After a positive July, markets around the world hit the brakes towards the end of August as investor hopes for a Fed pivot to a more accommodative interest rate, and wider monetary policy, were dashed with Federal Reserve chairman, Jerome Powell, beating a hawkish drum at the highly scrutinised Jackson Hole Symposium. Powell bluntly warned that combatting inflation would likely “bring some pain to households and businesses”. He also told delegates the central bank would continue to use its tools “forcefully” to bring demand and supply back into balance. This all but confirmed the likelihood of further interest rate hikes for investors where there had previously been some hope that the ceiling of rates may be outlined.
Jackson Hole was a reminder that macroeconomic headwinds are very much the order of the day, which is in stark contrast to much of the last decade where the announcement of difficult news was often balanced by the Federal Reserve printing money or cutting interest rates or bond yields in response. The period we are in is in effect a balance between the more accommodative period we have seen and a more challenging period in terms of economic and price volatility ahead. The Fed will want to be confident that inflation is coming down before it is prepared to stop hiking rates and so could even be tempted to keep raising rates a little longer than it would do historically. Any signs that the economy is proving more resilient will harden its stance on inflation fighting. Perhaps that’s why good news around better than forecast unemployment rates in the US did not prove an effective remedy to the market blues of the past few weeks.
In the UK, at the top of new Prime Minister, Liz Truss’ inbox is the rapidly escalating energy crisis gripping Britain. Russia’s announcement that the Nordstream 1 gas pipeline will not reopen to supply western Europe until sanctions are lifted has also exacerbate problems on the continent. Wholesale energy prices are likely to soar further in 2023. The UK is heavily reliant on gas as a source for electricity generation and gas heats almost 80% of homes. With the risk that millions will be pulled into fuel poverty, Truss is set to announce a £100 billion package to address the crisis by capping household bills, subsidising the wholesale cost of gas via government borrowing which energy providers will repay over the next 20 years. Plans look set to extend to smaller businesses adding significant strain the already creaking HM Treasury coffers. Truss also looks set to reverse the National Insurance rise implemented in April, a significant loosening of fiscal policy and it seems reasonable to observe that investors are worried about the future direction of UK economic policy. The pound was the worst performing major currency during August and gilts were the worst performing quality sovereign bonds, with the 10-year gilt seeing yields rise by a full percentage point. Rising yields do not immediately mean higher borrowing costs for governments but as the government issues new bonds, the costs of those new bonds will reflect the prevailing yield.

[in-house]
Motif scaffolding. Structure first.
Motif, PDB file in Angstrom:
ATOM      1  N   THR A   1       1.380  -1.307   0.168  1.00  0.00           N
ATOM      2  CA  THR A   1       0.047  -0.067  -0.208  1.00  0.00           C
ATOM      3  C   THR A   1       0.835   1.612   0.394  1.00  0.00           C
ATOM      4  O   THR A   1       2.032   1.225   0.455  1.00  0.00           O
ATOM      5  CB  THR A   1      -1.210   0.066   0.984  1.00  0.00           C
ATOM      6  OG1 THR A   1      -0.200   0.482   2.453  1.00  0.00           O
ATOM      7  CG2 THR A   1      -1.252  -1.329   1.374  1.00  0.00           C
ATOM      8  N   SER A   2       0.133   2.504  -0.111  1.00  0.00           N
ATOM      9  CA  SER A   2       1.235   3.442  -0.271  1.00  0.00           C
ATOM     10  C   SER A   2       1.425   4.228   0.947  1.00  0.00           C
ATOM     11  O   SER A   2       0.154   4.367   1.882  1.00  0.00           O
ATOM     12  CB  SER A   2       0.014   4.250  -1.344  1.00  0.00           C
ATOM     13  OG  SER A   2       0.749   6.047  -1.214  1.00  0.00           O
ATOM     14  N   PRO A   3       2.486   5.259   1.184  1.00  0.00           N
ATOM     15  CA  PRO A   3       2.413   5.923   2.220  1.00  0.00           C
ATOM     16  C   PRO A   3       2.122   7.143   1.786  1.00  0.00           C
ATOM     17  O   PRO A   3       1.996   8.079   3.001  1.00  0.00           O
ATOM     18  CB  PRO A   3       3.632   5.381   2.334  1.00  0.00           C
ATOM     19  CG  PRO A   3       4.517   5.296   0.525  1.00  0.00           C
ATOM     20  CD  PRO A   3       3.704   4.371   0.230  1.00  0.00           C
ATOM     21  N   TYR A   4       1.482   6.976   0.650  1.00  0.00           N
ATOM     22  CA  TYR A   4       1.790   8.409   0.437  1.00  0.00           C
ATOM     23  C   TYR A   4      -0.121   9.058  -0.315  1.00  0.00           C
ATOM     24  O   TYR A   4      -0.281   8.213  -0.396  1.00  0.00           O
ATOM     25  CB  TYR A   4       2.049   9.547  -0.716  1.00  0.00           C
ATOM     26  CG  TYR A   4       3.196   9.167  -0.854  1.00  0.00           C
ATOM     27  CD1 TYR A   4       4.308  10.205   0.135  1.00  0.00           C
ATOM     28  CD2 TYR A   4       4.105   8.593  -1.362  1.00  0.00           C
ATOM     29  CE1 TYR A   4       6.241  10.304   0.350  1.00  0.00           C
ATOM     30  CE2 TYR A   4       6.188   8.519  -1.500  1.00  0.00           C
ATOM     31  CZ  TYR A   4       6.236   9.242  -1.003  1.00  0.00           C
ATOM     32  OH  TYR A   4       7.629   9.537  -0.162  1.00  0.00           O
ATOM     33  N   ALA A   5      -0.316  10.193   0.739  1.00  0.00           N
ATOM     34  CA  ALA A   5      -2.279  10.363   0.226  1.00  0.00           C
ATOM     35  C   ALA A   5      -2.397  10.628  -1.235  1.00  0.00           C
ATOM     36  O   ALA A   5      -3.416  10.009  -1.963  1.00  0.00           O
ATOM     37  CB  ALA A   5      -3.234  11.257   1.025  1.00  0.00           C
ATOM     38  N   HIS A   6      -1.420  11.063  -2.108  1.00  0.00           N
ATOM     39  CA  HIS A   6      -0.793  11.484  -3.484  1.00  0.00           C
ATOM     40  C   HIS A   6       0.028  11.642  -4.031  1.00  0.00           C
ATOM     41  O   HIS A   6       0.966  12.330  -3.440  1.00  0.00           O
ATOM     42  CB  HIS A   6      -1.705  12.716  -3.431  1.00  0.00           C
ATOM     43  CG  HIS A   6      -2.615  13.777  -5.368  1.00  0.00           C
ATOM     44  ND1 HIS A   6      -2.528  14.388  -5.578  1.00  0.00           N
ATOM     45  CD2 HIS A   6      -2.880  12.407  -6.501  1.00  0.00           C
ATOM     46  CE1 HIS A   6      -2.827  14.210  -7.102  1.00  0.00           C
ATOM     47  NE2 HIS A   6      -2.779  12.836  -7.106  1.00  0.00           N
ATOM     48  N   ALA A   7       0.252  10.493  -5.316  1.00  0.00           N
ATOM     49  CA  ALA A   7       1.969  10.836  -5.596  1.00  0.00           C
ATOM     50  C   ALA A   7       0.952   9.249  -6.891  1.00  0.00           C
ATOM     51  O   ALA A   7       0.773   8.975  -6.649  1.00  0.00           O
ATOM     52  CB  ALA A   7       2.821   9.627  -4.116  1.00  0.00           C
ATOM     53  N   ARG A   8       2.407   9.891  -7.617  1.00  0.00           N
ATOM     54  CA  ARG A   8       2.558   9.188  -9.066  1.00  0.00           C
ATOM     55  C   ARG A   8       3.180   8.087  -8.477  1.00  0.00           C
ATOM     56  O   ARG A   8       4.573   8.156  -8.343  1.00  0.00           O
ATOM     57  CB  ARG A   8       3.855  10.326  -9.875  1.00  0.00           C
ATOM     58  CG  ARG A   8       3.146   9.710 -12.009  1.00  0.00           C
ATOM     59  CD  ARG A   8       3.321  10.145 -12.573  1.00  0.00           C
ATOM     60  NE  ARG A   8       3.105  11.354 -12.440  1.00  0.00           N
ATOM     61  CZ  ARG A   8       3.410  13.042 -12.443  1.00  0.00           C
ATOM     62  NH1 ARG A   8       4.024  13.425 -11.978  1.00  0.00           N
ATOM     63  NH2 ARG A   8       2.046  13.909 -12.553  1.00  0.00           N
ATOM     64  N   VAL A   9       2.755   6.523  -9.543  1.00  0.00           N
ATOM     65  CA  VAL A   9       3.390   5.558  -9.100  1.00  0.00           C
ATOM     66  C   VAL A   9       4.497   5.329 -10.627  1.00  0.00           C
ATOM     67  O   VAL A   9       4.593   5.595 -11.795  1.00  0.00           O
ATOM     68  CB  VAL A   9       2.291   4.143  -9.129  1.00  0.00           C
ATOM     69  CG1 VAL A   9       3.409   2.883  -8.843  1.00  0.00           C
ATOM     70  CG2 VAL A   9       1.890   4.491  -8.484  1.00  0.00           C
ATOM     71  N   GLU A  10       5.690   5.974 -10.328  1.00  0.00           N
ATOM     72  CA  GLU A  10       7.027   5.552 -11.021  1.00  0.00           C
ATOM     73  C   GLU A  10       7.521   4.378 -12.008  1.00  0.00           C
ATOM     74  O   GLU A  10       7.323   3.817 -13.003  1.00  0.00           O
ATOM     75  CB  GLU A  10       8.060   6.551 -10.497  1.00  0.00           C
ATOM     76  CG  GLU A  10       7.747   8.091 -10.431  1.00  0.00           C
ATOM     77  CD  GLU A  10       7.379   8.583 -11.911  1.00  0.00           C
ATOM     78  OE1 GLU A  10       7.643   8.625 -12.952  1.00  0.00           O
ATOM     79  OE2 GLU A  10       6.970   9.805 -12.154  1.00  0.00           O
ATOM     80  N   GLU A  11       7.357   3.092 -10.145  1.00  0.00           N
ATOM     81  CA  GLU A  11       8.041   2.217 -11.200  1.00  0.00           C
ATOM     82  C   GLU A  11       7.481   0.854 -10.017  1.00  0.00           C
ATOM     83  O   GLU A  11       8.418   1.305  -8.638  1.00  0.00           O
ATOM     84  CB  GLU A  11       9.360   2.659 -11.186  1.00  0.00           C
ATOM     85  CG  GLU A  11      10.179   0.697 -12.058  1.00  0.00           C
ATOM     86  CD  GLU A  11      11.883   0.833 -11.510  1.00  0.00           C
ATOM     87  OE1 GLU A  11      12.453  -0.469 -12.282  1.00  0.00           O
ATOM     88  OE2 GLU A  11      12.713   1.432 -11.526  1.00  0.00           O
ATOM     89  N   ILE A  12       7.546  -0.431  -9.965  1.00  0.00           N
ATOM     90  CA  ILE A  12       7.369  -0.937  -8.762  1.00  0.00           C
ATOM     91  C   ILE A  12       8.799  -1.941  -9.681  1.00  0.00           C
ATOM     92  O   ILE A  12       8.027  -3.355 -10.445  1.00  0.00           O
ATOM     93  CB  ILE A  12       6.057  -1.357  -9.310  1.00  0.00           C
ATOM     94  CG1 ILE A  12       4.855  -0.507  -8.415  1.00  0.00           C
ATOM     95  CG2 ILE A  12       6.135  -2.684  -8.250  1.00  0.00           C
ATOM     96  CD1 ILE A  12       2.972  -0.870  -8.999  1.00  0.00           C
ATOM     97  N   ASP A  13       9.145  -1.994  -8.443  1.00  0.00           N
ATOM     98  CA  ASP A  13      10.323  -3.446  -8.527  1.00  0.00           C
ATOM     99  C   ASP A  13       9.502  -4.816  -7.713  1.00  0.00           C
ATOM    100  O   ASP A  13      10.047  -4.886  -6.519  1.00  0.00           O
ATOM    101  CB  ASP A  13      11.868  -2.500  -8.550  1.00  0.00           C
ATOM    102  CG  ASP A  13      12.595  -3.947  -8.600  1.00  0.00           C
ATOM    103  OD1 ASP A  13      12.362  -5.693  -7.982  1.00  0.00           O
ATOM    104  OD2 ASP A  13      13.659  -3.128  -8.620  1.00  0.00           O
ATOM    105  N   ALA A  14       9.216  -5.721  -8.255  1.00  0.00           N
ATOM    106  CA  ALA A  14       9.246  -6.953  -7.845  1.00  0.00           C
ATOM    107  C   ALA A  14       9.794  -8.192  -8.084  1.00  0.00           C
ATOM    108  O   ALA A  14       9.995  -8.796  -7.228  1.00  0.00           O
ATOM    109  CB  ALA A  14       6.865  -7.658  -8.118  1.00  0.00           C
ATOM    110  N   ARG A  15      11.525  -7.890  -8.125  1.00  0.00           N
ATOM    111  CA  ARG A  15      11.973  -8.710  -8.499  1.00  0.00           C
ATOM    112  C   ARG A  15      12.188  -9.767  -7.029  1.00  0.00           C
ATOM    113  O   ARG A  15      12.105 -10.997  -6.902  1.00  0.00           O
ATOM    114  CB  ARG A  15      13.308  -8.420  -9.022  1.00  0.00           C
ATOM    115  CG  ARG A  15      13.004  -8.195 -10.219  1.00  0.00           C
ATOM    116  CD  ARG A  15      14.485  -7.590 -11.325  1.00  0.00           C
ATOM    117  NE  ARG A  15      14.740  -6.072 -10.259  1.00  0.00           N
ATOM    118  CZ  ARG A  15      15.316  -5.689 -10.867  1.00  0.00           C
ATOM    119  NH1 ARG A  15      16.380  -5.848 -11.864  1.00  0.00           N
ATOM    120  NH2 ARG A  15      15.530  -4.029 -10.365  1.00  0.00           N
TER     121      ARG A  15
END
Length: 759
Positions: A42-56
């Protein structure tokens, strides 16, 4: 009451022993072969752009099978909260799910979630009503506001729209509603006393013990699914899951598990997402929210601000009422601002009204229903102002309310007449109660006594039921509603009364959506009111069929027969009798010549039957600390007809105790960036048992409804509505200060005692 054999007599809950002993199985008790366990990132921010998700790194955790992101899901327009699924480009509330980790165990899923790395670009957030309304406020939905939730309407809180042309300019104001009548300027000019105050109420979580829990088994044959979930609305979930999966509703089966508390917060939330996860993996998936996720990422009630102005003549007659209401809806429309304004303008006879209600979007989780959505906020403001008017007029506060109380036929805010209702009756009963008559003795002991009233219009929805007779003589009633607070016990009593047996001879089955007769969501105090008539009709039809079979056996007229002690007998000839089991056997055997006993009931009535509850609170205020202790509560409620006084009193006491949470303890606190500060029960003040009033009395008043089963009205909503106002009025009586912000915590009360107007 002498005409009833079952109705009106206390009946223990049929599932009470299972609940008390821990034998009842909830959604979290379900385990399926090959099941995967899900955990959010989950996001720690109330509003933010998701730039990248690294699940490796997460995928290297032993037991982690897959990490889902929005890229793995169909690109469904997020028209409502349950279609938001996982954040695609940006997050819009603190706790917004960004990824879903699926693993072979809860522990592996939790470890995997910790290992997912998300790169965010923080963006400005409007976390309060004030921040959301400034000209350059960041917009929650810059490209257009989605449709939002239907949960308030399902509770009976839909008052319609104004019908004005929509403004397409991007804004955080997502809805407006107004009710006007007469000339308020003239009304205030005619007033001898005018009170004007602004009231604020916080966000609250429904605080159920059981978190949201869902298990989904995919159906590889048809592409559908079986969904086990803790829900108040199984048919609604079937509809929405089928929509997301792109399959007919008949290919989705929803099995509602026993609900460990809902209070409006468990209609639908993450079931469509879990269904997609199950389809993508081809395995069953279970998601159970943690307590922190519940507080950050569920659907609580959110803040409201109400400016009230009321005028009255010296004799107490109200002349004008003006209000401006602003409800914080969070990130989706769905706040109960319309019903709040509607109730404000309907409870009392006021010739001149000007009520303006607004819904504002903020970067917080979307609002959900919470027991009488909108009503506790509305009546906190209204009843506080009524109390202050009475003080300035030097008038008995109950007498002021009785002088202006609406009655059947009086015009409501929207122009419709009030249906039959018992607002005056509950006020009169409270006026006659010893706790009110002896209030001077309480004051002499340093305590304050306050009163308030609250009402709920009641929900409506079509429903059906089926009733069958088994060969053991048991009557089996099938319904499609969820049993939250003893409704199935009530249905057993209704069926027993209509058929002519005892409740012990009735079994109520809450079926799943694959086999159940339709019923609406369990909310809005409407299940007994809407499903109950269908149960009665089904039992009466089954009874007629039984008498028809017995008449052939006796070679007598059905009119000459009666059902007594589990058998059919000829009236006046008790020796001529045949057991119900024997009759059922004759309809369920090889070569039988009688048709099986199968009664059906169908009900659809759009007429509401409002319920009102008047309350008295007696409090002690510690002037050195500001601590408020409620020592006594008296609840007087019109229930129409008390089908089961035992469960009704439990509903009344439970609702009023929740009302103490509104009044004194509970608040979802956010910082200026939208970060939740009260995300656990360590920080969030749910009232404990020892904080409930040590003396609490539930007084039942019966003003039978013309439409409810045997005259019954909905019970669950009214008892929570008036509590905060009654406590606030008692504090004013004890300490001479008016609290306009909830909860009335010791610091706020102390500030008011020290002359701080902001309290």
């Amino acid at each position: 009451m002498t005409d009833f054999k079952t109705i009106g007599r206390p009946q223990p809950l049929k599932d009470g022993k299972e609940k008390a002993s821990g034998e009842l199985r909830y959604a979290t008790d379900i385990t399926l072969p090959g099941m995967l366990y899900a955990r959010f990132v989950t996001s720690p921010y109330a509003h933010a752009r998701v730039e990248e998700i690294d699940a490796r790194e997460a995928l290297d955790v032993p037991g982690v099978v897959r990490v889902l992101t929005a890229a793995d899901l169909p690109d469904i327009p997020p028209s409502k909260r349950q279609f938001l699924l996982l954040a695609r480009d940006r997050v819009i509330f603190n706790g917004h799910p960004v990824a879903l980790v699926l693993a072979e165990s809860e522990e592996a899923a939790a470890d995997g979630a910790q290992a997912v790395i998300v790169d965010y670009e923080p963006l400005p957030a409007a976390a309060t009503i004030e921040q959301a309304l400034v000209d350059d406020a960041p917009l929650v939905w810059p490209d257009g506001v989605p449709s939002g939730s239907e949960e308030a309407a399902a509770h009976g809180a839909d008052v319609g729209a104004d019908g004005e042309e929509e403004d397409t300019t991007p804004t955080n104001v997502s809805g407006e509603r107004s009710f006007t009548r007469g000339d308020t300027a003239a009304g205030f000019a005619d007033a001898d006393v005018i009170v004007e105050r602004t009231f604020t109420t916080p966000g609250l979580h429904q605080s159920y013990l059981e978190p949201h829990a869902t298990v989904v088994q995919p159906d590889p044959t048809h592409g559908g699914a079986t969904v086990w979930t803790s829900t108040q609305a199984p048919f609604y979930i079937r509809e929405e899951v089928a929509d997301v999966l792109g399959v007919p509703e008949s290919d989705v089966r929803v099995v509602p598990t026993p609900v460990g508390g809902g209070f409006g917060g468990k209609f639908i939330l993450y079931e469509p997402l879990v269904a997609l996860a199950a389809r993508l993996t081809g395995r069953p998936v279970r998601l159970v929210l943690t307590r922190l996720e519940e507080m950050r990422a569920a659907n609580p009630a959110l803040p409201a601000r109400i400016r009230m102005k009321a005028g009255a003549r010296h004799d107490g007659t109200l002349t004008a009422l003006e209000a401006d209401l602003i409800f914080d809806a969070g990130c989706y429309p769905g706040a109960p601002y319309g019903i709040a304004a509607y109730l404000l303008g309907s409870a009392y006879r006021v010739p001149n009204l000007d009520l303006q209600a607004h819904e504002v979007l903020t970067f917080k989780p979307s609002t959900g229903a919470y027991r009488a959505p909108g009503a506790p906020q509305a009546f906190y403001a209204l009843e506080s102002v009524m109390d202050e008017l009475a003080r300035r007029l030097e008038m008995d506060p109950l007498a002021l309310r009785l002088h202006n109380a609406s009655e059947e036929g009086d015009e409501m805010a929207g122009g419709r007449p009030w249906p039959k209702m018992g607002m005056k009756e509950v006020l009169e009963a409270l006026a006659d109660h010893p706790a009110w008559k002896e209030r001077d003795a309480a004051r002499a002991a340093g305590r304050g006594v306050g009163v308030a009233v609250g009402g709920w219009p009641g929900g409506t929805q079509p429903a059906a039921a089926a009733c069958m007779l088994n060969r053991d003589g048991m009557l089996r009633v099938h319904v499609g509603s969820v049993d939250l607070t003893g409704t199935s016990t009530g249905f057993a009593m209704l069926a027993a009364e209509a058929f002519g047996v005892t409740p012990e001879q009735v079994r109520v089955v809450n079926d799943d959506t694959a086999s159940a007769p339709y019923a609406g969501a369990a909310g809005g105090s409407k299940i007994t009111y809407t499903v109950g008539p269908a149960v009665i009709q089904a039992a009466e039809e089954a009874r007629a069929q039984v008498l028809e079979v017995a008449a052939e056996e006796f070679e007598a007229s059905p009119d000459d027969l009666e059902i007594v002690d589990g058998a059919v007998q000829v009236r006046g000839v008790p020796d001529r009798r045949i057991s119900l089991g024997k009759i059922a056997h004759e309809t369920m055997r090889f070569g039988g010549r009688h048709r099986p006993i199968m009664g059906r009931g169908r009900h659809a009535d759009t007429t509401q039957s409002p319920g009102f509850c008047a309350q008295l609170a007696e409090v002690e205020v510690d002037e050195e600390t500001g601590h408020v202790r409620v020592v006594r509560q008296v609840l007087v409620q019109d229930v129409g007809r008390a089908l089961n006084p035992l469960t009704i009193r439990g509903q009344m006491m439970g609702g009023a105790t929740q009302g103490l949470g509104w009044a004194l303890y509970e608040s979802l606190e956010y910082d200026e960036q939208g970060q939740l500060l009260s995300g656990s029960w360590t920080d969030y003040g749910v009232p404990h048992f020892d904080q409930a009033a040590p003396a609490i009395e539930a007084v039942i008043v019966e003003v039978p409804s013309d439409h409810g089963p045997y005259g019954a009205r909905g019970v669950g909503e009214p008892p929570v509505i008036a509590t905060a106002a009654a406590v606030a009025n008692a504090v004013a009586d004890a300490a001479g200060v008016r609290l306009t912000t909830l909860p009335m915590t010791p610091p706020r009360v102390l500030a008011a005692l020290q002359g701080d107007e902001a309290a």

To the East, despite plenty of bad news coming from China including a slowing economy and real estate crisis, good news in relation to supporting the economy and tackling the problems is also in abundance. Following a surprise cut in the key policy rate, Chinese banks have lowered their 1-year and 5-year loan prime rate, with the latter being a reference rate for mortgages. With regards to mortgage boycotts, the authorities have announced that special loans will be offered to Chinese property developers to ensure uncompleted projects will be tackled and delivered to home buyers. Furthermore, the State Council outlined a 19-point policy package including a further one trillion yuan of stimulus mid-week, largely focused on infrastructure spending. The policy package will include support to businesses, energy supply, agriculture funding, but most of it will be via infrastructure.
The focus on infrastructure highlights that it is difficult to go beyond the traditional way of stimulating the economy via infrastructure. As long as a stringent COVID-19 policy is in place and confidence on the real estate sector remains poor, these policy interventions may not be enough to defend the growth target of 5.5% this year. Nevertheless, these are clear signs that China is stepping up to address the current real estate crisis, a welcoming development for investors in a period of great uncertainty across the global economy.
Written and prepared for Crowe Financial Planning UK Limited by John Moore (Senior Investment Manager at Brewin Dolphin)